This year marks the 28th time the NFR has been staged in Las Vegas. The event, which begins Thursday and runs through Dec. 15 at the Thomas and Mack Center, has sold out more than 250 consecutive performances. Last year, the competition attracted 175,275 fans, with about 45,000 of those fans coming from out of town.
The PRCA is riding a sellout streak at its annual year-end rodeo in Las Vegas.
Photo by:AP IMAGES
For the competition itself, this year marks the second time the NFR will draw its TV coverage from Great American Country. PRCA Commissioner Karl Stressman said the relationship with GAC allows the association a certain degree of consistency in the way it can showcase its athletes. GAC airs in about 60 million households.
ESPN had aired the NFR, along with other PRCA events, until 2011.
“Sometimes, depending on the draw of the stock and lots of other elements, we don’t always get the consistent superstars in our short rounds or last performances of our rodeo,” Stressman said. “It’s difficult for our consumers and fans to follow specific athletes on television. We needed the opportunity to be a true partner and have a little more creative opportunity.”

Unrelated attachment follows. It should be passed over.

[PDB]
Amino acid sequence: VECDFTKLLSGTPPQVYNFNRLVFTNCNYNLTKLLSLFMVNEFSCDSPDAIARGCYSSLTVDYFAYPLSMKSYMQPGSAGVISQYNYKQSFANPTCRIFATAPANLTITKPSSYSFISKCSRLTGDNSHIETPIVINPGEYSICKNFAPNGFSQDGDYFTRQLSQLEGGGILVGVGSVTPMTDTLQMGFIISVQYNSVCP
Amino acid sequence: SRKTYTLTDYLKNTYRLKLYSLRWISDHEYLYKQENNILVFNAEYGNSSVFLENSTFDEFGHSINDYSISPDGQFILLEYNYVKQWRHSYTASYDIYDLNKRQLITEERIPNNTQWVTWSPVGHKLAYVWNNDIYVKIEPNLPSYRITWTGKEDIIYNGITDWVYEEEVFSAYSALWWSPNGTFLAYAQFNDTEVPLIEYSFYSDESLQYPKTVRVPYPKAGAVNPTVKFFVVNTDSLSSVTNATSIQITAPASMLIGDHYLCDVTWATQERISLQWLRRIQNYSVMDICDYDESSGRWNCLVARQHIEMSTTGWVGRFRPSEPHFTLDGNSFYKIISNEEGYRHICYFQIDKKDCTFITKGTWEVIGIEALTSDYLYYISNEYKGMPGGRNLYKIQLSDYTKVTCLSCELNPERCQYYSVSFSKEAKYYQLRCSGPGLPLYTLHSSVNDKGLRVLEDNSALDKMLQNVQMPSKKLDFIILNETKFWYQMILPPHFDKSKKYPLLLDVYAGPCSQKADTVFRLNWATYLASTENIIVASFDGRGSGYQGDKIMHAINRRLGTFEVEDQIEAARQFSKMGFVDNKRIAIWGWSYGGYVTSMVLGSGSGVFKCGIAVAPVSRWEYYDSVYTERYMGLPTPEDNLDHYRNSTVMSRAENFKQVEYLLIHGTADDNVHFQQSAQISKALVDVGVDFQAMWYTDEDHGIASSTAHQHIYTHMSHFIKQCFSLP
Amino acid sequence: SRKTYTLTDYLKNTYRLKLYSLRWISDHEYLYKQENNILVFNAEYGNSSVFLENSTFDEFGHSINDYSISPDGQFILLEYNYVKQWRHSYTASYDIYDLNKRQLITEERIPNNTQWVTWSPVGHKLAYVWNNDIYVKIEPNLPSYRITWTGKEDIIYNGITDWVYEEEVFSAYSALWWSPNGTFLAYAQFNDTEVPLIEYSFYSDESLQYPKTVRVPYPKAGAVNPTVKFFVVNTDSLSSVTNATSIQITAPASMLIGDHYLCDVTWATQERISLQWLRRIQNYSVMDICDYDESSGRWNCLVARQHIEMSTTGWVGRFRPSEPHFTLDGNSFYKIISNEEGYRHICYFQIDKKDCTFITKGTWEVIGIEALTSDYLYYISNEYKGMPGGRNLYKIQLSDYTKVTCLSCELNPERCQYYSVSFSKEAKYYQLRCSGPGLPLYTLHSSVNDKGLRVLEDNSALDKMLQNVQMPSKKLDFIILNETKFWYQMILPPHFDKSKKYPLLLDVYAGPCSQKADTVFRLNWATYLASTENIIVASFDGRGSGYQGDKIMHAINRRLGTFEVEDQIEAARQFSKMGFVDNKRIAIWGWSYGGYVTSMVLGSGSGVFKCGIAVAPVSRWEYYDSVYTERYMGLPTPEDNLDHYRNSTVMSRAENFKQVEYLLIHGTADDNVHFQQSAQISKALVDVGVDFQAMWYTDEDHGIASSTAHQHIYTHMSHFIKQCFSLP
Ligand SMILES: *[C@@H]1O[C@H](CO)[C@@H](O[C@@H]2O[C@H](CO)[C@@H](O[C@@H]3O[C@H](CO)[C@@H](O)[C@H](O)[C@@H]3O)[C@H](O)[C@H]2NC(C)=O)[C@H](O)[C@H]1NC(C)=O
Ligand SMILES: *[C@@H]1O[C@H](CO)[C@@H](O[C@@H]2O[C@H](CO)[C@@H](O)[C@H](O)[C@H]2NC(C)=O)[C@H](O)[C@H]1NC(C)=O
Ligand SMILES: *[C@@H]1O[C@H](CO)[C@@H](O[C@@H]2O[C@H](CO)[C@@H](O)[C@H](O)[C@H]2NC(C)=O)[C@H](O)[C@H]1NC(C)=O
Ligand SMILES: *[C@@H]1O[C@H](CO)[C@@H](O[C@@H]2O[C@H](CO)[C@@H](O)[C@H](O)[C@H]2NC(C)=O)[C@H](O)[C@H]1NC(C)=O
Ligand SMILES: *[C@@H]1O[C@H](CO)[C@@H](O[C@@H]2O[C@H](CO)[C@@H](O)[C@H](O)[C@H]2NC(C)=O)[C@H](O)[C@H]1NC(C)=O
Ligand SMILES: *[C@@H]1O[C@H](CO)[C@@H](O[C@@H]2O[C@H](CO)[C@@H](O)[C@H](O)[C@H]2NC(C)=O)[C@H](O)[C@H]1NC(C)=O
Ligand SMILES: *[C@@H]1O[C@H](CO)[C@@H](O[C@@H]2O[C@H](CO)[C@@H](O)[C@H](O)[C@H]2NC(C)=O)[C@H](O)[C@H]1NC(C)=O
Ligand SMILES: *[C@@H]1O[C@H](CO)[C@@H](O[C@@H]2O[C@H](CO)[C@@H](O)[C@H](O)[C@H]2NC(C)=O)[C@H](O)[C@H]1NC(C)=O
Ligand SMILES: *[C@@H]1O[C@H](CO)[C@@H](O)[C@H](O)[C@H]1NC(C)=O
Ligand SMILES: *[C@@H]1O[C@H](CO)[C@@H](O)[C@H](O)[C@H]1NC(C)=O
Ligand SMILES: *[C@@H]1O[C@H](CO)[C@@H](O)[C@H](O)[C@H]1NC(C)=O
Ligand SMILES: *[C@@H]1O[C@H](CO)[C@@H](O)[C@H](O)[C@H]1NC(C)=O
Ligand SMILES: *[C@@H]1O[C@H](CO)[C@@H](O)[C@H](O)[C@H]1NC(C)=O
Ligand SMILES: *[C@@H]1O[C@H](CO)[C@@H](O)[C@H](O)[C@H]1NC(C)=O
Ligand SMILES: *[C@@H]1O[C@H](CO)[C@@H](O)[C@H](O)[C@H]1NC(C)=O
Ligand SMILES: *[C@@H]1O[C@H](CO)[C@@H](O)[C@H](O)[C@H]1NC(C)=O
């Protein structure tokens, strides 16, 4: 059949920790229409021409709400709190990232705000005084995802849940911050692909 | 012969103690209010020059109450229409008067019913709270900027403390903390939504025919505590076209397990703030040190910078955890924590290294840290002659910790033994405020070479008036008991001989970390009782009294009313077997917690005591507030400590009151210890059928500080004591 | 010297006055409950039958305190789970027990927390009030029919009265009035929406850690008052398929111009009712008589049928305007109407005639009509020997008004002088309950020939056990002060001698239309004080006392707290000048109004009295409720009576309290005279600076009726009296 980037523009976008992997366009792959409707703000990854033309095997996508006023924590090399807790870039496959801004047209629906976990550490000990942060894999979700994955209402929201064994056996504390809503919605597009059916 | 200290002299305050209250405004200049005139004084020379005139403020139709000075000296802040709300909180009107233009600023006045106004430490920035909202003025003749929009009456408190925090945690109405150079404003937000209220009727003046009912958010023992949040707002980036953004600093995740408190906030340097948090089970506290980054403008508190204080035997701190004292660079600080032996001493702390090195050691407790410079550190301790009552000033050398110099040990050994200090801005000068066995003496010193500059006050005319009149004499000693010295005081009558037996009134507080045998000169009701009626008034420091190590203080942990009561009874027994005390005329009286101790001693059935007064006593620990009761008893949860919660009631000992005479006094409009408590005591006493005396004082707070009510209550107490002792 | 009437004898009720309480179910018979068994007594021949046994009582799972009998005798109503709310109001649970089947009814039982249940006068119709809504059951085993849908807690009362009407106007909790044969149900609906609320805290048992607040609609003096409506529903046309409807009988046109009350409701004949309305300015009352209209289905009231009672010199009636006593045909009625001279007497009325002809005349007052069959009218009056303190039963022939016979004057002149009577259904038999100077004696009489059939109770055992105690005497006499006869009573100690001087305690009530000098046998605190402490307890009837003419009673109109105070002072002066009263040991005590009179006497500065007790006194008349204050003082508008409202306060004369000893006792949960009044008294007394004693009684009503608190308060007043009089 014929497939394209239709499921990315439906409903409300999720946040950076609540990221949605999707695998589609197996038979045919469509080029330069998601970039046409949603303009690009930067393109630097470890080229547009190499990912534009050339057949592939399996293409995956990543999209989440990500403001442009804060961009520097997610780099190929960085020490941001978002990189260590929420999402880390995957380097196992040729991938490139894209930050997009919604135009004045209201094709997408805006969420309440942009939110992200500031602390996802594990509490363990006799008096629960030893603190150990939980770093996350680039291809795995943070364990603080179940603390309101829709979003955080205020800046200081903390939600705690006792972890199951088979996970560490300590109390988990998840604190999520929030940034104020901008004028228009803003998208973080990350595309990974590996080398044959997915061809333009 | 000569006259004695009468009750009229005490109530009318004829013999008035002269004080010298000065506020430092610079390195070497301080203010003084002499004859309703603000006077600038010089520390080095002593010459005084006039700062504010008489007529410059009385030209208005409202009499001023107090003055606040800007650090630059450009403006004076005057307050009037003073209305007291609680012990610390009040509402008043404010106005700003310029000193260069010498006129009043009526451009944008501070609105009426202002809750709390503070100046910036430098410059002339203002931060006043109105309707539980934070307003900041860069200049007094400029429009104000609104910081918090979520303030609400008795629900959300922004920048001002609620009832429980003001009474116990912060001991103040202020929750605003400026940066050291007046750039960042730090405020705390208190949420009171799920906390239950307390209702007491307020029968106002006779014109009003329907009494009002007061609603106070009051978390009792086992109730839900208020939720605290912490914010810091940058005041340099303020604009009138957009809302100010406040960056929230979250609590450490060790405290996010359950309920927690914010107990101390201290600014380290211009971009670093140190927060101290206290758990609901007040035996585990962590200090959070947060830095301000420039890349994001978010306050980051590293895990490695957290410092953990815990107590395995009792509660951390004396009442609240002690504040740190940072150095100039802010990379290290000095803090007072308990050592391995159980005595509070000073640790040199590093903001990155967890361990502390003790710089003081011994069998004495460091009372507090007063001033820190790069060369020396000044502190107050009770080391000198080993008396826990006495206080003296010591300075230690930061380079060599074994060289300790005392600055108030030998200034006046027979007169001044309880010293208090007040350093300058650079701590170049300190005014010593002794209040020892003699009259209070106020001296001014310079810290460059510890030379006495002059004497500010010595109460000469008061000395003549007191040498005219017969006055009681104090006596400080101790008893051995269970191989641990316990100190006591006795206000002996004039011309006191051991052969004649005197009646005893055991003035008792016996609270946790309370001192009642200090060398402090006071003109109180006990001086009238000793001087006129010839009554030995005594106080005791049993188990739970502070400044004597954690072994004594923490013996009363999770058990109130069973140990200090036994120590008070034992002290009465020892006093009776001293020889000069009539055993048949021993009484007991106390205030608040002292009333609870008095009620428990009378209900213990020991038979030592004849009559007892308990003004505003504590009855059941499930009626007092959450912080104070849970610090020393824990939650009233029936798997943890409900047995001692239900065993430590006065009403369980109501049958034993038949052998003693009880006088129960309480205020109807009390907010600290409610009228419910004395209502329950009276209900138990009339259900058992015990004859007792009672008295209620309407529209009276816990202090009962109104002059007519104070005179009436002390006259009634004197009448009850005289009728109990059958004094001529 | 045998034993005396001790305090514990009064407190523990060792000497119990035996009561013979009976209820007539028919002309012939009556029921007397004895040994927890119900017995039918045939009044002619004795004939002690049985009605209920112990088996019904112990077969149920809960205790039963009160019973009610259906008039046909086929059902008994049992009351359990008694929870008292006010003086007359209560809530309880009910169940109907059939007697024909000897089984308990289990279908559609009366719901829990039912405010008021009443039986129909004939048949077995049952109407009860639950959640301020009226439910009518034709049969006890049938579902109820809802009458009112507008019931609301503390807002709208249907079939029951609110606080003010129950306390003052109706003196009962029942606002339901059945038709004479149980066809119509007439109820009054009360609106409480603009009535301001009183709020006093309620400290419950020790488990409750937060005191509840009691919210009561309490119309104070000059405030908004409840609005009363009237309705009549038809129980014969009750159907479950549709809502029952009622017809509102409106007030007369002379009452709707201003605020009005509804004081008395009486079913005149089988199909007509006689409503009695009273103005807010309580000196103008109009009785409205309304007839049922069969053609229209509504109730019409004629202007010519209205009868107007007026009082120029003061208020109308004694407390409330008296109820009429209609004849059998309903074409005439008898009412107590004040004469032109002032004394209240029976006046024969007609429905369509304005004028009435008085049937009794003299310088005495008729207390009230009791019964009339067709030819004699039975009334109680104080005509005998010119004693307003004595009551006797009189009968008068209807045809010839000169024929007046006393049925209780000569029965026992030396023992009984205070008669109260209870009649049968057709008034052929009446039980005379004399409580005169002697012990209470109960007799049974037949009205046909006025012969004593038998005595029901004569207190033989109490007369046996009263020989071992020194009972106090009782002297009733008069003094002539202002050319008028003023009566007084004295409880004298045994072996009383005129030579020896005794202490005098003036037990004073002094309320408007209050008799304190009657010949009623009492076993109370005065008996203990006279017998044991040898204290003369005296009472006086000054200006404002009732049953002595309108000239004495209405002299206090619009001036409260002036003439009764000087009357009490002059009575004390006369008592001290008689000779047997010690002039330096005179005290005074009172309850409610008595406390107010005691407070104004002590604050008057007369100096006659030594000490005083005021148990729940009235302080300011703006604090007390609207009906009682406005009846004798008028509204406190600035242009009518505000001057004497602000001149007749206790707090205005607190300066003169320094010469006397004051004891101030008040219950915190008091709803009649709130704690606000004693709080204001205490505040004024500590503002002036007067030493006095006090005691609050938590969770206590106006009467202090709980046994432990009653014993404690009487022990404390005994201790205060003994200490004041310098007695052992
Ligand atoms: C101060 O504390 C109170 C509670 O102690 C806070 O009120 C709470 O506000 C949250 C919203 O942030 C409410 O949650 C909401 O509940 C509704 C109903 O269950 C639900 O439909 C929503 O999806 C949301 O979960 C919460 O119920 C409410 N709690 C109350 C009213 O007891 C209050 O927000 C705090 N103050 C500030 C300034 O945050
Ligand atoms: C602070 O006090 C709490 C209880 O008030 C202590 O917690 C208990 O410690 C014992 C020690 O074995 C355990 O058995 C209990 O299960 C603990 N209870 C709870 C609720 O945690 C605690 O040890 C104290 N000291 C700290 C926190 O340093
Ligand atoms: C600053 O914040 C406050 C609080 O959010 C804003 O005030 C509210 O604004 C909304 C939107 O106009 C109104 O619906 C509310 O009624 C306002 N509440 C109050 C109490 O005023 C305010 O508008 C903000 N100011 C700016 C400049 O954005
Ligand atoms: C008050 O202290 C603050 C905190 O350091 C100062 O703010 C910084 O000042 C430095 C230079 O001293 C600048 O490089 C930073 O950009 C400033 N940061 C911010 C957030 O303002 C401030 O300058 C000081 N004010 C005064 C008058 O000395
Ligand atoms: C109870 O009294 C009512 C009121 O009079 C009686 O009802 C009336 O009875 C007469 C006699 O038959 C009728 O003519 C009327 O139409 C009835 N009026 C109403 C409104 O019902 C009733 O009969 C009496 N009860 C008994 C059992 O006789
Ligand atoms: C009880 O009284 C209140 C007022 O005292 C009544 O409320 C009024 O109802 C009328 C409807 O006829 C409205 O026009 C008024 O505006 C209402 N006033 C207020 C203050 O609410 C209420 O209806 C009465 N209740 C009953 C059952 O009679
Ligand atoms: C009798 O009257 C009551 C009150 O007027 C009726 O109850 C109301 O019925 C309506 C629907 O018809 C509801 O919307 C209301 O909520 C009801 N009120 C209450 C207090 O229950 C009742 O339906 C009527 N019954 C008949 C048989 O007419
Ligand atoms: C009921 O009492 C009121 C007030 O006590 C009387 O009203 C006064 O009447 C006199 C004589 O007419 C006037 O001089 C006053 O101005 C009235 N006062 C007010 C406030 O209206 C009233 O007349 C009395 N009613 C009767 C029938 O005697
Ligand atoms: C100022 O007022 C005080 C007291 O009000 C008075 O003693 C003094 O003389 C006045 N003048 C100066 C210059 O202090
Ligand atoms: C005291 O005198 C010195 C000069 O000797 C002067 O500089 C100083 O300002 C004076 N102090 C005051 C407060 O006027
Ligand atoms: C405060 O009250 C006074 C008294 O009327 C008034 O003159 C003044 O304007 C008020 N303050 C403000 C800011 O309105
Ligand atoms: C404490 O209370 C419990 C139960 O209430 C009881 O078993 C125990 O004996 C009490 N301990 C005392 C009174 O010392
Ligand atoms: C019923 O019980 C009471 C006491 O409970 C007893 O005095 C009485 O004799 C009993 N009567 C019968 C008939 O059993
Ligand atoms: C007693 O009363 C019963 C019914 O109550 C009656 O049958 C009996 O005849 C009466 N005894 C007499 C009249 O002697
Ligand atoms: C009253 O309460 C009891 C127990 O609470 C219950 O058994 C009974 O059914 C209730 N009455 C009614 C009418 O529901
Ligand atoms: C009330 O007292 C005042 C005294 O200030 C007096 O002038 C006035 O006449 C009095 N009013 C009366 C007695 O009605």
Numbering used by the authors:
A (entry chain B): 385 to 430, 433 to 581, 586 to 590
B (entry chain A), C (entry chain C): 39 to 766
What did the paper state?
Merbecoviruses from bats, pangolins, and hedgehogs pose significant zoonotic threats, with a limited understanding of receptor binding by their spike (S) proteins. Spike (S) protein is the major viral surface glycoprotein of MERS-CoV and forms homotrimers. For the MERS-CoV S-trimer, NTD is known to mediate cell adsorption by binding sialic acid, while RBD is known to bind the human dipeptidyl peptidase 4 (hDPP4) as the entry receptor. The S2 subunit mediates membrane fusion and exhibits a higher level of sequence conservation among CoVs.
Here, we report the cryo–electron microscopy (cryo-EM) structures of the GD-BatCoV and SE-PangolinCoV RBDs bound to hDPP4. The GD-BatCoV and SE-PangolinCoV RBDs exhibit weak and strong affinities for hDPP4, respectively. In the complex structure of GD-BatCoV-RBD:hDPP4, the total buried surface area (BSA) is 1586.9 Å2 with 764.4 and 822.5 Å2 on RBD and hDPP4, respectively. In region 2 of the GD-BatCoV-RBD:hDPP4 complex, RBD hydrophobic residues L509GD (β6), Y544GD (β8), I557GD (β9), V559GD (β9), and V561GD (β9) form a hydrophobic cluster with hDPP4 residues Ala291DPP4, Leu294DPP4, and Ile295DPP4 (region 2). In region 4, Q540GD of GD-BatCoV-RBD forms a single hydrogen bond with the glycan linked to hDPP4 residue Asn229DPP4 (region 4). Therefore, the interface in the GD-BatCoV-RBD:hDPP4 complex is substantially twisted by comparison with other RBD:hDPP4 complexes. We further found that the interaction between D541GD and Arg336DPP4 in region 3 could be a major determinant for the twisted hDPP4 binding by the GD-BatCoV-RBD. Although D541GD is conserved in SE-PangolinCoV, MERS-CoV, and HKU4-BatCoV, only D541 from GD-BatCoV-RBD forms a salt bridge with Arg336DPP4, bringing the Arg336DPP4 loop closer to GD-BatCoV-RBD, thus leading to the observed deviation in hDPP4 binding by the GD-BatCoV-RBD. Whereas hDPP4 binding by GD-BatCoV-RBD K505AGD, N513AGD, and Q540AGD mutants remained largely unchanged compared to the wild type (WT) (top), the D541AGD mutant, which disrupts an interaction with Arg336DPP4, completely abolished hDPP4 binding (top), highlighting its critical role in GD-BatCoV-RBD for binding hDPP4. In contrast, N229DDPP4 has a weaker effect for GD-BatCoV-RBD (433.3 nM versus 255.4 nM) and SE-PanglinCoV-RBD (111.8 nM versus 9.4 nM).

The PRCA has about 5,300 active competitors and sanctions around 600 events annually. Stressman, who’s been the governing body’s commissioner since 2008, called the past year the PRCA’s strongest. He points to the increase in contestants despite rising participation costs as a key indicator of the PRCA’s growth.